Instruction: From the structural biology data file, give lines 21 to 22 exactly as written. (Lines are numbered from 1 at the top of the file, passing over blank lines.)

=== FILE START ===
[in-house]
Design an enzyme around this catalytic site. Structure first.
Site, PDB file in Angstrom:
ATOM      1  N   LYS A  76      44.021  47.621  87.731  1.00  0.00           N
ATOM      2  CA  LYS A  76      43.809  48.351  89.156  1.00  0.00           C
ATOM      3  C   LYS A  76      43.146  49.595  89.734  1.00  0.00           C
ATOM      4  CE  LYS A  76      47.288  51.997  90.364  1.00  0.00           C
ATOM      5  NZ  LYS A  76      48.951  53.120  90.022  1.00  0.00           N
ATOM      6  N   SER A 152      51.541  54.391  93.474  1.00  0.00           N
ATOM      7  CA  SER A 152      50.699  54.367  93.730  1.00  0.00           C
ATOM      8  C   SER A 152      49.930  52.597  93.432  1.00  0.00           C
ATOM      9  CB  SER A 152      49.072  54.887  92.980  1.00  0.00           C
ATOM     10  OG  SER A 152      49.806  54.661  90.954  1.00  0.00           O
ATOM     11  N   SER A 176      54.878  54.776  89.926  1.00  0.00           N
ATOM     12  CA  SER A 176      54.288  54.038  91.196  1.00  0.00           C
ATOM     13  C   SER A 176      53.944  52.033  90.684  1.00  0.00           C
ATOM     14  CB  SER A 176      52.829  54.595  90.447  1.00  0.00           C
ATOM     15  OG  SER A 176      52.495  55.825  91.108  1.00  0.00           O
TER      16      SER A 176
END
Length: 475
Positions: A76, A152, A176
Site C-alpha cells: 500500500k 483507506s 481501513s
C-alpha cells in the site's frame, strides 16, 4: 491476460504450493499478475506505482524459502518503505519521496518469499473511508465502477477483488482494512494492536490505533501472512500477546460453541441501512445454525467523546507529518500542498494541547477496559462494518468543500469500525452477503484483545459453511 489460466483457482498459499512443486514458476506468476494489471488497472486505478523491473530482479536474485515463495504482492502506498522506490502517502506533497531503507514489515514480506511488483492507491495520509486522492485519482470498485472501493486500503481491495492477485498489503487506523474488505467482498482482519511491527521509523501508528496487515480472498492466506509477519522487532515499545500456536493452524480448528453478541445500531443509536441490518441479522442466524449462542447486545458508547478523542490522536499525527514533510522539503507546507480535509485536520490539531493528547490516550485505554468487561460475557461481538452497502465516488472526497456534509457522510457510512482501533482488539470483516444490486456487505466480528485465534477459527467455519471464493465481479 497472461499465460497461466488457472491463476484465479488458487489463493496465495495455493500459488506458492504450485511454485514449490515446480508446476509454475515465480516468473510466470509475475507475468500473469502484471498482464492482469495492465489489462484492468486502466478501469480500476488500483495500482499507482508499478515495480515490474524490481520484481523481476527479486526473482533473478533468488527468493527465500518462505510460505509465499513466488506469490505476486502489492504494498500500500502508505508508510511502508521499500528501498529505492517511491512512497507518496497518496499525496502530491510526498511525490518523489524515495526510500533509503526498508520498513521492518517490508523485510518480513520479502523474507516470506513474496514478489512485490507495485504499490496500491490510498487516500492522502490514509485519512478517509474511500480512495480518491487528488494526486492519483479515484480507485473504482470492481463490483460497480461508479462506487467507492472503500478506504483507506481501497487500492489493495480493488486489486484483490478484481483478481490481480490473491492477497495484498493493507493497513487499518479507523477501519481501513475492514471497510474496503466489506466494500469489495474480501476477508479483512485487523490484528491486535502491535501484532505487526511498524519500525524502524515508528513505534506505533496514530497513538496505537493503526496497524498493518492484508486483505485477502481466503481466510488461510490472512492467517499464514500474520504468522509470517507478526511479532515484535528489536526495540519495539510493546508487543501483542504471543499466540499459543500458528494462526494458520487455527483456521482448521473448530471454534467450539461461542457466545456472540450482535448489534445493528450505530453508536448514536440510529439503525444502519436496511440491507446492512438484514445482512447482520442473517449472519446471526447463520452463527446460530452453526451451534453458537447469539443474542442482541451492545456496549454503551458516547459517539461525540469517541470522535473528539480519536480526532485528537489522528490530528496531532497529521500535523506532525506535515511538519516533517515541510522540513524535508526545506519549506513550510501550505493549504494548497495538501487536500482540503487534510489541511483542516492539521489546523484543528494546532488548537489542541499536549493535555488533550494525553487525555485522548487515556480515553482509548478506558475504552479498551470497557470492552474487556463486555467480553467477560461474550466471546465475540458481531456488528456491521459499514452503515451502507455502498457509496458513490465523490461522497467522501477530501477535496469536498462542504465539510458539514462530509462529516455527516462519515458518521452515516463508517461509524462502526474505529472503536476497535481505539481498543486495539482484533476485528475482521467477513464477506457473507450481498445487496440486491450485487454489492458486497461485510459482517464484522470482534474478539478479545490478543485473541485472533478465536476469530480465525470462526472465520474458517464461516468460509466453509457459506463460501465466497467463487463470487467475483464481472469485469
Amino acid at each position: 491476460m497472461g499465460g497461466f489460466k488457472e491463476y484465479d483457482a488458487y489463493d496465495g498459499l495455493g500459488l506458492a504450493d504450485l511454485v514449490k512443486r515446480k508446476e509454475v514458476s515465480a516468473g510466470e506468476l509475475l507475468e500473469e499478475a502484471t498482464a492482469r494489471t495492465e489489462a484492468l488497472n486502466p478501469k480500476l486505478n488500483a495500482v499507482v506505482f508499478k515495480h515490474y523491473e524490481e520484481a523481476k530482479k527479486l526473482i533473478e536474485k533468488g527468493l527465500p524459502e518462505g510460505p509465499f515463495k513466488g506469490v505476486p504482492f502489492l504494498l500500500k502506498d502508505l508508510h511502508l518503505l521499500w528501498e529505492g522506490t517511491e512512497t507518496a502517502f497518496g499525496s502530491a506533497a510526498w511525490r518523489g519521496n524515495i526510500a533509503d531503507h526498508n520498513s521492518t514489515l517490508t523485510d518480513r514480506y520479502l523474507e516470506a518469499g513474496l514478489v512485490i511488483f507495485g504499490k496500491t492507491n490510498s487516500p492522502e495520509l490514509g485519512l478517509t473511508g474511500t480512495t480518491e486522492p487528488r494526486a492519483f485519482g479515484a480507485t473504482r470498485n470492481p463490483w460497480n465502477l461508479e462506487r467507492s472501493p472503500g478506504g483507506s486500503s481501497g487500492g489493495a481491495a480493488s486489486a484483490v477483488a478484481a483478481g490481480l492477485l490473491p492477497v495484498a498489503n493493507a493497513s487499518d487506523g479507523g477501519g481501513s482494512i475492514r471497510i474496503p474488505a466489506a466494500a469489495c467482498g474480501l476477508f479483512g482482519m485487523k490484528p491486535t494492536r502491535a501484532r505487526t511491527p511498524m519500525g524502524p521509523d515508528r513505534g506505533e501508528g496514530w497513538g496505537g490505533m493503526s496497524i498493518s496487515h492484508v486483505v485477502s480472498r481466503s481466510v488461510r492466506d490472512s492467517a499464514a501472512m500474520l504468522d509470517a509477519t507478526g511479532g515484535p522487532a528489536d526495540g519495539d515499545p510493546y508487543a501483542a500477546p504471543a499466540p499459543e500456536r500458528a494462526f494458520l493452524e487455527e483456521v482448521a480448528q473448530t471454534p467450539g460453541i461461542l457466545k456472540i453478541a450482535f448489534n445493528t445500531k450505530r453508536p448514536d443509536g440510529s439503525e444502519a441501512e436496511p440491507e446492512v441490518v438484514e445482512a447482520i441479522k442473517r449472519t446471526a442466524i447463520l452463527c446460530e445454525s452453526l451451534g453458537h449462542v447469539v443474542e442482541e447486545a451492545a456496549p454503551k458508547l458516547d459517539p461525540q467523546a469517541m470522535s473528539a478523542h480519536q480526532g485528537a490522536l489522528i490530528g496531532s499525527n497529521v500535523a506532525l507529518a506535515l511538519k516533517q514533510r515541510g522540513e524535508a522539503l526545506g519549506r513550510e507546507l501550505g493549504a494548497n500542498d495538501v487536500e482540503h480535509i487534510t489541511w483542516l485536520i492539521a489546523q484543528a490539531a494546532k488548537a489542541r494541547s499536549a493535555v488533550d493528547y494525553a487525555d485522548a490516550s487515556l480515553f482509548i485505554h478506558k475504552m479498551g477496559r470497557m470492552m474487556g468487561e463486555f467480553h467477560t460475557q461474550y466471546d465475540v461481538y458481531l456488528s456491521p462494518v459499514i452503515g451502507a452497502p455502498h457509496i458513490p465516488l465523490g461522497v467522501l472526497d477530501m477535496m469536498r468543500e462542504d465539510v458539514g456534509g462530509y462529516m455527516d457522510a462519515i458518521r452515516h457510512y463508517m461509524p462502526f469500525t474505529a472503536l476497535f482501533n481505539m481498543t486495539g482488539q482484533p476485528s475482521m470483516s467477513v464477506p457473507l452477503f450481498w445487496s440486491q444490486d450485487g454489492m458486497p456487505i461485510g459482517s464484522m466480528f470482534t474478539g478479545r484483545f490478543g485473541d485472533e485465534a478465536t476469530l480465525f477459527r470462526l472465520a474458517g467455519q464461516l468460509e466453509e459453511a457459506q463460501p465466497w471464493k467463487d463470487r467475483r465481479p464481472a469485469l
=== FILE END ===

Length: 475
Positions: A76, A152, A176